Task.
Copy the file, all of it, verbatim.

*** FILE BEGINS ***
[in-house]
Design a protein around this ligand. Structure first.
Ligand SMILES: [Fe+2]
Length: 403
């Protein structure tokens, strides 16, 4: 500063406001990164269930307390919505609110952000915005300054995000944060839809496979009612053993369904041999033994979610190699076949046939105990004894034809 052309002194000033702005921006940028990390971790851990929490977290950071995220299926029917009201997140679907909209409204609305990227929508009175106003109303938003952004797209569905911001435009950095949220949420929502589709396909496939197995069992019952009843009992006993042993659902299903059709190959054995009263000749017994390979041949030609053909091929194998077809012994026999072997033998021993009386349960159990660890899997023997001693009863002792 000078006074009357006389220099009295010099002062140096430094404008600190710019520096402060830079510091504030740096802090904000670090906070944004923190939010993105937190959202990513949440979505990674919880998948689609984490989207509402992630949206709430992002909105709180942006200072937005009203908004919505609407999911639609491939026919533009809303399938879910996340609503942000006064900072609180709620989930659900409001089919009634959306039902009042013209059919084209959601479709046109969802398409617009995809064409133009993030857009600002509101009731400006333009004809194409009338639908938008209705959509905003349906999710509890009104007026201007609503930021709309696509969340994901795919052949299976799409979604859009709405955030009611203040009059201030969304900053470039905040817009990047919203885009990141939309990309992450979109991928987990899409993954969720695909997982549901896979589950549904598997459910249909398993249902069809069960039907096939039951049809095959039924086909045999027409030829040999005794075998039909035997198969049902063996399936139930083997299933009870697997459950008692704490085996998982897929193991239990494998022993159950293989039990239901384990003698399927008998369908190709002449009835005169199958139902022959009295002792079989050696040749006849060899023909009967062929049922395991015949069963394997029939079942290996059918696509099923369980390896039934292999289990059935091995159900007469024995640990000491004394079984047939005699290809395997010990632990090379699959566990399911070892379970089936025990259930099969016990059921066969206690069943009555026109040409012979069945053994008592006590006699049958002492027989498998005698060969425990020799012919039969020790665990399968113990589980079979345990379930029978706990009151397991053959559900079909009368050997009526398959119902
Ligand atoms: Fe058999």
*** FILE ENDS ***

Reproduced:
[in-house]
Design a protein around this ligand. Structure first.
Ligand SMILES: [Fe+2]
Length: 403
């Protein structure tokens, strides 16, 4: 500063406001990164269930307390919505609110952000915005300054995000944060839809496979009612053993369904041999033994979610190699076949046939105990004894034809 052309002194000033702005921006940028990390971790851990929490977290950071995220299926029917009201997140679907909209409204609305990227929508009175106003109303938003952004797209569905911001435009950095949220949420929502589709396909496939197995069992019952009843009992006993042993659902299903059709190959054995009263000749017994390979041949030609053909091929194998077809012994026999072997033998021993009386349960159990660890899997023997001693009863002792 000078006074009357006389220099009295010099002062140096430094404008600190710019520096402060830079510091504030740096802090904000670090906070944004923190939010993105937190959202990513949440979505990674919880998948689609984490989207509402992630949206709430992002909105709180942006200072937005009203908004919505609407999911639609491939026919533009809303399938879910996340609503942000006064900072609180709620989930659900409001089919009634959306039902009042013209059919084209959601479709046109969802398409617009995809064409133009993030857009600002509101009731400006333009004809194409009338639908938008209705959509905003349906999710509890009104007026201007609503930021709309696509969340994901795919052949299976799409979604859009709405955030009611203040009059201030969304900053470039905040817009990047919203885009990141939309990309992450979109991928987990899409993954969720695909997982549901896979589950549904598997459910249909398993249902069809069960039907096939039951049809095959039924086909045999027409030829040999005794075998039909035997198969049902063996399936139930083997299933009870697997459950008692704490085996998982897929193991239990494998022993159950293989039990239901384990003698399927008998369908190709002449009835005169199958139902022959009295002792079989050696040749006849060899023909009967062929049922395991015949069963394997029939079942290996059918696509099923369980390896039934292999289990059935091995159900007469024995640990000491004394079984047939005699290809395997010990632990090379699959566990399911070892379970089936025990259930099969016990059921066969206690069943009555026109040409012979069945053994008592006590006699049958002492027989498998005698060969425990020799012919039969020790665990399968113990589980079979345990379930029978706990009151397991053959559900079909009368050997009526398959119902
Ligand atoms: Fe058999």